Last weekend, my husband and I took five of our grandchildren to see “Frozen II.” We loved it! I cried more than once at the sweet messages in this movie. I won’t give any spoilers except to talk about one song: “The Next Right Thing,” sung by Kristen Bell, the actor who gives voice to Anna.

The middle of the song goes like this:

"I won’t look too far ahead

It’s too much for me to take

But break it down to this next breath, this next step

This next choice

Is one that I can make

So I’ll walk through this night

Stumbling blindly toward the light

And do the next right thing.”

What do you do when you don’t know what to do? Just do the next right thing.

How many of us are stuck, not able to make any decisions because we can’t see down the road five or 10 or 20 years? I have young adult children who struggle to pick a major in college because they don’t know if they will love it in 20 years. While I understand the desire to have a degree match a career path, that’s not a prerequisite for a 20-year-old.

I, myself, struggle with charting a path longer than a year or two ahead. I once had a business coach ask me where I saw myself in 20 years. I had (and still have) absolutely no idea.

As we approach the end of another decade, it’s kind of fun to look back and see the journey of the last decade. In Jan 2010, I had no married children, had not served in the Utah Legislature (nor did I have plans to), had “only” an associate’s degree and read my books by holding them in my hands. So many things happened during the last decade I really could not have anticipated. That is, until I made the next right decision. And then the next one and the next one.

Wayne Dyer said “Our lives are the sum total of the choices we have made.” So how do we make the next right decision? We get moving. We take a step towards a goal or a big decision before we get to the jumping off point. We act consistently, even our actions seem small. Limit your options. While a vast sea of theoretical possibilities to choose from may seem appealing, we know that too many choices makes it harder to make choices than just a few possible choices.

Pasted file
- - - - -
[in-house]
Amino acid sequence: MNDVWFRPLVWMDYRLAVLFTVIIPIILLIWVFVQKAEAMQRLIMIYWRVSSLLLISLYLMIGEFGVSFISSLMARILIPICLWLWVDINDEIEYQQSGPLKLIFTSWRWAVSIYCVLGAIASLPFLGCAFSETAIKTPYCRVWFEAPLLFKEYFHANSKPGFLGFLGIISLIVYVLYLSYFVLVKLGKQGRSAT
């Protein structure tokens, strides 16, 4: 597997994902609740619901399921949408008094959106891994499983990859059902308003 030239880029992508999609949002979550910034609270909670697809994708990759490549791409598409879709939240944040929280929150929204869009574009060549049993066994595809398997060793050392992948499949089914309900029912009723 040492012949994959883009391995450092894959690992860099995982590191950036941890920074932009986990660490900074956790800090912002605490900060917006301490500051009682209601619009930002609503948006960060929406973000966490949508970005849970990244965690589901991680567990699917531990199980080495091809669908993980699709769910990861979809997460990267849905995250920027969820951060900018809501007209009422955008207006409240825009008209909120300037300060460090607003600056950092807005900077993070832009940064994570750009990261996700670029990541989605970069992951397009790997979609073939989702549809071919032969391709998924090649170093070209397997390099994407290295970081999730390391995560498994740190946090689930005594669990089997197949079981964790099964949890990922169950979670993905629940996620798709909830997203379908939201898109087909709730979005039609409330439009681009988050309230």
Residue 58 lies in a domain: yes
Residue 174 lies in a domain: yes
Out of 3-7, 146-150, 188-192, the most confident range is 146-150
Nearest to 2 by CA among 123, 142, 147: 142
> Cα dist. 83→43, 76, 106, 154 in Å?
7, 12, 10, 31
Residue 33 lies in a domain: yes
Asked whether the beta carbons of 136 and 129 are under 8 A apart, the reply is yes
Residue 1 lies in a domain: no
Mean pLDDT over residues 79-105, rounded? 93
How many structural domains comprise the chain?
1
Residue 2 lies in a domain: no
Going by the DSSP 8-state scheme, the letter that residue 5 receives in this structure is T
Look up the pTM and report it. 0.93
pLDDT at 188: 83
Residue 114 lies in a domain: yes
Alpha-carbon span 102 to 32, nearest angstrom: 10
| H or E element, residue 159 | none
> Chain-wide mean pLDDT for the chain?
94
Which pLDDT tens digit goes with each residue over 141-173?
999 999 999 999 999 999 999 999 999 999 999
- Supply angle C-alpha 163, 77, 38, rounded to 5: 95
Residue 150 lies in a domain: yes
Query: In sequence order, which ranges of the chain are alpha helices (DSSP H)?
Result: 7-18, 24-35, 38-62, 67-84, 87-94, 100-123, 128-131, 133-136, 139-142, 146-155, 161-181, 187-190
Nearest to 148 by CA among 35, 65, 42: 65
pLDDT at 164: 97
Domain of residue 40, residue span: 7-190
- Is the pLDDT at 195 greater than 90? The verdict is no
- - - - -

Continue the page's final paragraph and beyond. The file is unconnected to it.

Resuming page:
We need to be aware of other factors that affect our ability to make decisions, including how late in the day we are deciding. One study of judicial decisions found that, all other things being equal, prisoners who appeared on parole hearings were granted parole about 70% of the time if they appeared in the morning, but only 10% of the time if they appeared late in the day. That, and a number of other studies appear in one of the best books I “read” (listened to) last year: “When: The Scientific Secret of Perfect Timing” by Daniel Pink.

Then there are all the decisions we make but don’t consciously think about. Cornell researchers found that people estimate they make 15 food choices a day but the reality is that they make more than 200 food-related decisions each day. Not wanting to re-decide every day what to wear is ostensibly what made Steve Jobs dress in a black turtleneck and blue jeans every day.

We can get bogged down by unmade decisions that niggle at us, over and over, while we spin our wheels stewing about making the right decision. We can feel too overwhelmed to even make a decision. (Hello, Christmas time!) The truth is, we arrive at the big decisions through a series of small decisions. We achieve the big goals through a series of small, consistent actions.

Martin Luther King Jr. reminded us that we can take a step, even when we can’t see the whole staircase. So be like Anna and just do the next right thing.

Holly Richardson (2019)

Holly Richardson, a regular contributor to The Salt Lake Tribune, thinks the next right thing for her is to sit in front of a fire and read a book that has nothing to do with school.